But what makes eWaste such a big problem? Well, for one thing, many of the elements that make up modern high-tech devices are toxic by nature. When eWaste ends up in landfills or incinerators, these toxic chemicals seep into groundwater supplies and contaminate our air – putting local communities at risk of serious health issues.
Unfortunately, our current approach to waste management doesn’t take into account the potential environmental damage caused by throwing away electronics without a second thought.
The Mining For Minerals & Resources: Impact on Communities
E-waste is not just a problem of toxic chemicals and runaway landfills. The mining for the metals and minerals required to create our growing stockpile of electronics also has significant implications for communities around the world.
Concerns about resource extraction have long been part of environmental activism. It raises serious human rights issues as well as environmental concerns, with corporations often exploiting workers and communities in developing countries for their own benefit.
From gold mines in Africa to lithium mines in South America, many extraction sites are located near vulnerable populations who often receive few benefits from the industry that operates near them. And extractive processes such as strip mining can permanently destroy local ecosystems, causing lasting damage to wildlife and plant life that depend on those spaces.
What Can Be Done to Resolve This Problem?
Well, Circularity First's approach to these challenges is to incorporate circular principles into business and government decision-making. This means prioritizing reuse, repair, and recycling as part of the product lifecycle, rather than treating e-waste as waste. How? read on.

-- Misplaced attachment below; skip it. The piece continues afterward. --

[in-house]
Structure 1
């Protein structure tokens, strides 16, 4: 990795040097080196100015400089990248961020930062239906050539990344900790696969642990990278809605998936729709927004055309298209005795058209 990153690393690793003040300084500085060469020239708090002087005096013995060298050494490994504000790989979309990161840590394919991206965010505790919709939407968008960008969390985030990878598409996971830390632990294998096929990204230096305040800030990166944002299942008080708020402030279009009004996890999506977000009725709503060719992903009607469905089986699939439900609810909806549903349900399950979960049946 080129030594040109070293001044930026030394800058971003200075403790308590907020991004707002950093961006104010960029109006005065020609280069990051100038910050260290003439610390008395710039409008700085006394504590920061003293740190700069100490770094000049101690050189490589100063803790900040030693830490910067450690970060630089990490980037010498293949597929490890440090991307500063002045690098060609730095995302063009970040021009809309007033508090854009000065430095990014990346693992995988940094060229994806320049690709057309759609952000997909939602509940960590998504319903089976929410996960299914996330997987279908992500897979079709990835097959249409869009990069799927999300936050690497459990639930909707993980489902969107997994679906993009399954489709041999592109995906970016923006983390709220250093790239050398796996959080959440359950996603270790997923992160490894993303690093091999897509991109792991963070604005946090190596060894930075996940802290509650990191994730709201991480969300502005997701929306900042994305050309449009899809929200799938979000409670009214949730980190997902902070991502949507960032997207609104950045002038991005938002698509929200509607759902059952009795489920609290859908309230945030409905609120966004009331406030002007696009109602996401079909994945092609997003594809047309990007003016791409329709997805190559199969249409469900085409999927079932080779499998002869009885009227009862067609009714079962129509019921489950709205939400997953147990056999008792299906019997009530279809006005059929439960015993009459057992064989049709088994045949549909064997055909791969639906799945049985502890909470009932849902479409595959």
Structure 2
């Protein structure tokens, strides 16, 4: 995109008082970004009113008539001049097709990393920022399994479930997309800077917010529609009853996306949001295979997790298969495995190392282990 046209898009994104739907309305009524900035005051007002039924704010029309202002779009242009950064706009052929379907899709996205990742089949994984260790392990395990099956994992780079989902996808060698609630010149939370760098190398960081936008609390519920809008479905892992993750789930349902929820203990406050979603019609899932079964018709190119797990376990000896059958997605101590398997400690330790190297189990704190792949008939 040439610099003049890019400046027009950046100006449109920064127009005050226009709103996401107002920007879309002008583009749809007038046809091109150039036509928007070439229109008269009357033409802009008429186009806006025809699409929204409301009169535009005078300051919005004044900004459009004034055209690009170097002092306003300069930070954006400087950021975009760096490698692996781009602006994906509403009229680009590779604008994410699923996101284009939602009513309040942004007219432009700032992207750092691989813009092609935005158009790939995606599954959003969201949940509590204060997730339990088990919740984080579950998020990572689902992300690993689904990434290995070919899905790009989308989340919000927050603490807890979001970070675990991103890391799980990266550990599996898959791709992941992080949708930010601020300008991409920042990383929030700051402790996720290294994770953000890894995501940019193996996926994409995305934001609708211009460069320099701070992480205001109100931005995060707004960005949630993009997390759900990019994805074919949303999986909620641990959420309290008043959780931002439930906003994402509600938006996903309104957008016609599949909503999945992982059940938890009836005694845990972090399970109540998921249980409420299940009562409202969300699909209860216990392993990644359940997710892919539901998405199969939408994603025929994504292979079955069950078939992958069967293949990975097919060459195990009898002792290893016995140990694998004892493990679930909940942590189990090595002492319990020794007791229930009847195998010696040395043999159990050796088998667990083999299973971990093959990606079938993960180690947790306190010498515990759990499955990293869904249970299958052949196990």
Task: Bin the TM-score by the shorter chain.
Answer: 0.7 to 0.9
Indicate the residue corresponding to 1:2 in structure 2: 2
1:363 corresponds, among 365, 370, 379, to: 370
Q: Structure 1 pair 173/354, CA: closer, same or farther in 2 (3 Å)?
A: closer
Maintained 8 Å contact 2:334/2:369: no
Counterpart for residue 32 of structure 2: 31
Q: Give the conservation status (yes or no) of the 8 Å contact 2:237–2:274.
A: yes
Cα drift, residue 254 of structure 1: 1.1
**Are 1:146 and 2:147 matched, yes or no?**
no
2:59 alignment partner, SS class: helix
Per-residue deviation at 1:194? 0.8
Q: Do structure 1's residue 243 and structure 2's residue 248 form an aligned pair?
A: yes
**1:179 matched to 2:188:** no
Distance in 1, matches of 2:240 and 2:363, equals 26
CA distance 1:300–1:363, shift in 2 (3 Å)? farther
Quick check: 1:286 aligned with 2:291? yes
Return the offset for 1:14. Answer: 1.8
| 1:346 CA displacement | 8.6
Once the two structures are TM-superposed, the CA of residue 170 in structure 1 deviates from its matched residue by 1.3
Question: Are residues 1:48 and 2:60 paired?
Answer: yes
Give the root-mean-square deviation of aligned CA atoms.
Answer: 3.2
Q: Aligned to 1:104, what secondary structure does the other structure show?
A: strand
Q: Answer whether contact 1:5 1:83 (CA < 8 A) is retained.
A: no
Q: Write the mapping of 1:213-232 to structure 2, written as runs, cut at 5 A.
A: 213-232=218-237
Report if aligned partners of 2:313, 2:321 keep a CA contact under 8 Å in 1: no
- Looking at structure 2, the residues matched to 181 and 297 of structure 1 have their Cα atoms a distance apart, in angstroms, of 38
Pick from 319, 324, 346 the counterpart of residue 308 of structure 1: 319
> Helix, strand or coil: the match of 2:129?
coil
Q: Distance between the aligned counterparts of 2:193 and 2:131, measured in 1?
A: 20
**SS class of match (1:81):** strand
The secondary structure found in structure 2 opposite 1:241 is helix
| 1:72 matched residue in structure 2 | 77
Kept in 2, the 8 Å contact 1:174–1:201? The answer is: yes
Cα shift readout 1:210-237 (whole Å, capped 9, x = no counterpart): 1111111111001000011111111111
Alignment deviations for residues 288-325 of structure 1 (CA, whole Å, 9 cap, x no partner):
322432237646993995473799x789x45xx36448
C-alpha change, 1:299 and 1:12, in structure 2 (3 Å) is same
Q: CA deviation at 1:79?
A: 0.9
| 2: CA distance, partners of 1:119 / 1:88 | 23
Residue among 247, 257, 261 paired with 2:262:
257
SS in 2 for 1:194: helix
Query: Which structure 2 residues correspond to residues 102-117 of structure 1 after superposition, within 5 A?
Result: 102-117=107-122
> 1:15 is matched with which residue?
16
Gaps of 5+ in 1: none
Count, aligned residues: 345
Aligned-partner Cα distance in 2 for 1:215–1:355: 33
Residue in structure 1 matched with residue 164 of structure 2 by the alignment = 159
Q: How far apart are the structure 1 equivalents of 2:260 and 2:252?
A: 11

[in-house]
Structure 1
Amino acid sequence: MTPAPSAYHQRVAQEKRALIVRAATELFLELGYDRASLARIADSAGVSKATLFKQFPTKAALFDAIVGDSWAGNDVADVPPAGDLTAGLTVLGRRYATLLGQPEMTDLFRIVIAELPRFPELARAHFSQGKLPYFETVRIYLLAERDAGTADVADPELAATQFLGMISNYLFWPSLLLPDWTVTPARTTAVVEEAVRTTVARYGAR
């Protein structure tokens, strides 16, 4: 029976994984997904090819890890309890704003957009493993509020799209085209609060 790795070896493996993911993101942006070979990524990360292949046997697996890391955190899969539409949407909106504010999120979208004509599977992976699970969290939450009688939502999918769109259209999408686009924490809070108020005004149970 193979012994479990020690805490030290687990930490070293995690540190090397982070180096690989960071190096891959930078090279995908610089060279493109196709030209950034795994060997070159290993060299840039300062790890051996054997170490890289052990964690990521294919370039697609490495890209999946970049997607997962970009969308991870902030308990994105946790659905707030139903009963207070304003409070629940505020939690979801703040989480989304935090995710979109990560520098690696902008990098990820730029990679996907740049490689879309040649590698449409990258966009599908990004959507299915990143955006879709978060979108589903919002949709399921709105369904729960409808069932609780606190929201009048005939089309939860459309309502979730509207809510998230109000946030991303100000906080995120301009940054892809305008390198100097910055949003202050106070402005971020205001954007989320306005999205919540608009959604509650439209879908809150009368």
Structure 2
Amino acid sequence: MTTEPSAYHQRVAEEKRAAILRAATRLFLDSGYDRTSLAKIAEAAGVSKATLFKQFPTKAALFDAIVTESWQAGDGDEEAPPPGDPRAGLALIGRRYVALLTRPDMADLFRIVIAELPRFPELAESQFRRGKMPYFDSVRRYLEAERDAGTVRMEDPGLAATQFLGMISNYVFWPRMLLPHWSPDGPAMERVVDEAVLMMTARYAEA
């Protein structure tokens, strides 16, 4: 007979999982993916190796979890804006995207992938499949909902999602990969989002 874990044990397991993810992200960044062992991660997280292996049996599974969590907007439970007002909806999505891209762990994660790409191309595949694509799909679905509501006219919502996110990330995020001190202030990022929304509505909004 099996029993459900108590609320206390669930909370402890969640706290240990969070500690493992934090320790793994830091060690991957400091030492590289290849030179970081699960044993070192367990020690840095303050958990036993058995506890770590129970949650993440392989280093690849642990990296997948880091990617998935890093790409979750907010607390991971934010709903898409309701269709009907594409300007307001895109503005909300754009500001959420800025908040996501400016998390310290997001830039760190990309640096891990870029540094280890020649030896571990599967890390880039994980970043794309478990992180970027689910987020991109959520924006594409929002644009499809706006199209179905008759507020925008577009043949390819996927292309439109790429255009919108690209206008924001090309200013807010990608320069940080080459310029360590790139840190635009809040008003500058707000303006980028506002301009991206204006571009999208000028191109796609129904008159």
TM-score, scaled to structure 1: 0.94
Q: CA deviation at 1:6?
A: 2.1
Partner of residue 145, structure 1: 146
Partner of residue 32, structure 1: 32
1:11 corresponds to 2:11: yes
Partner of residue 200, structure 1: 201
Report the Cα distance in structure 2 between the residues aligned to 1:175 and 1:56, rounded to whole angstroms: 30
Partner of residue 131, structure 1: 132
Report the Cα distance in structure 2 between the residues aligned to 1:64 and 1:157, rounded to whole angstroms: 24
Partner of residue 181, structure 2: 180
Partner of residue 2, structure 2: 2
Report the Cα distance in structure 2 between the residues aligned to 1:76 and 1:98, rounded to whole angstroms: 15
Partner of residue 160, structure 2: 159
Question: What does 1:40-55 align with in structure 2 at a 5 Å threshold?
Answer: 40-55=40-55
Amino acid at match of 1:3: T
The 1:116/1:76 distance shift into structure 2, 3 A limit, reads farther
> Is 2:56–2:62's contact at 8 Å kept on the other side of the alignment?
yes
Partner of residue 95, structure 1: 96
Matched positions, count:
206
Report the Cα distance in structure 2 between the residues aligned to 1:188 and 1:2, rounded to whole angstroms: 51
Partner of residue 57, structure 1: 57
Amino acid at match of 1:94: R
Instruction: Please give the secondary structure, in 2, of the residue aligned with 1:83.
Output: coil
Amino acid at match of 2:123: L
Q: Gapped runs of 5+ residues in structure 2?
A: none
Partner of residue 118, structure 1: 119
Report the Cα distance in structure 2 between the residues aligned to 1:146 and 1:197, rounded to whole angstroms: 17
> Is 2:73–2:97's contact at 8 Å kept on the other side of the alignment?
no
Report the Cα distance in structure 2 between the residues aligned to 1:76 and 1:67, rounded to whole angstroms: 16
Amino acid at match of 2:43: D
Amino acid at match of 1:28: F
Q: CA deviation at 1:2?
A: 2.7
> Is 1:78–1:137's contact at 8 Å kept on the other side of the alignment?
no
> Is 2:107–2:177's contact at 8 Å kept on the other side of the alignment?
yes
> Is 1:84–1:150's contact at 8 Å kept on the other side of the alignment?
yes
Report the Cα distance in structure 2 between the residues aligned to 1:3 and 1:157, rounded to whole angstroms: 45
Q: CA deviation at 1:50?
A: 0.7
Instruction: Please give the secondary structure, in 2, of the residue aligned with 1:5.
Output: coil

But let's first understand what is circularity and how it can be used in the tech industry.
What is Circularity?
Circularity refers to a set of strategies and practices aimed at reducing the negative environmental impacts associated with the consumption, use, and disposal of consumer goods.
At its core, circularity involves creating systems that are designed to be regenerative and sustainable over time. This can be accomplished in many different ways, including through recycling programs, remanufacturing processes, and other efforts to prolong the useful life of products.
How Can a Circular Approach Be Best Used Within The Tech Industry?
As we continue to build out our infrastructure and generate new technologies at a rapid pace, there is an urgent need for more thoughtful approaches to resource use and disposal.
One potential strategy for addressing these issues is through circularity: using design innovation, recycling programs, and other practices that focus on prolonging the useful life of products over time.
This can be accomplished through product redesign, material selection, and other efforts to improve product performance while decreasing resource consumption. It could also involve fostering collaboration among different stakeholders throughout the supply chain in order to ensure that all components are being disposed of sustainably after their initial use.
Another key strategy is to consider product leasing models and other forms of "product as a service," where consumers no longer purchase their items outright but instead pay for usage over time. This can help reduce waste by reducing consumer reliance on buying new items, while also allowing companies to benefit from the rapidly evolving technology landscape in a more sustainable way.
Ultimately, these and other strategies will be critical as we seek to tackle the environmental challenges facing the tech industry today and ensure that our actions are not at odds with our long-term sustainability goals.
What Are Some of The Challenges Associated With Implementing Circular Practices in The Tech Industry?
One of the main challenges when it comes to implementing circular practices in the tech industry is overcoming resistance from traditional manufacturing and design models.
Many established companies are heavily invested in current production methods that rely on wasteful extraction and disposal processes, and they may be reluctant to change those systems or adopt new approaches.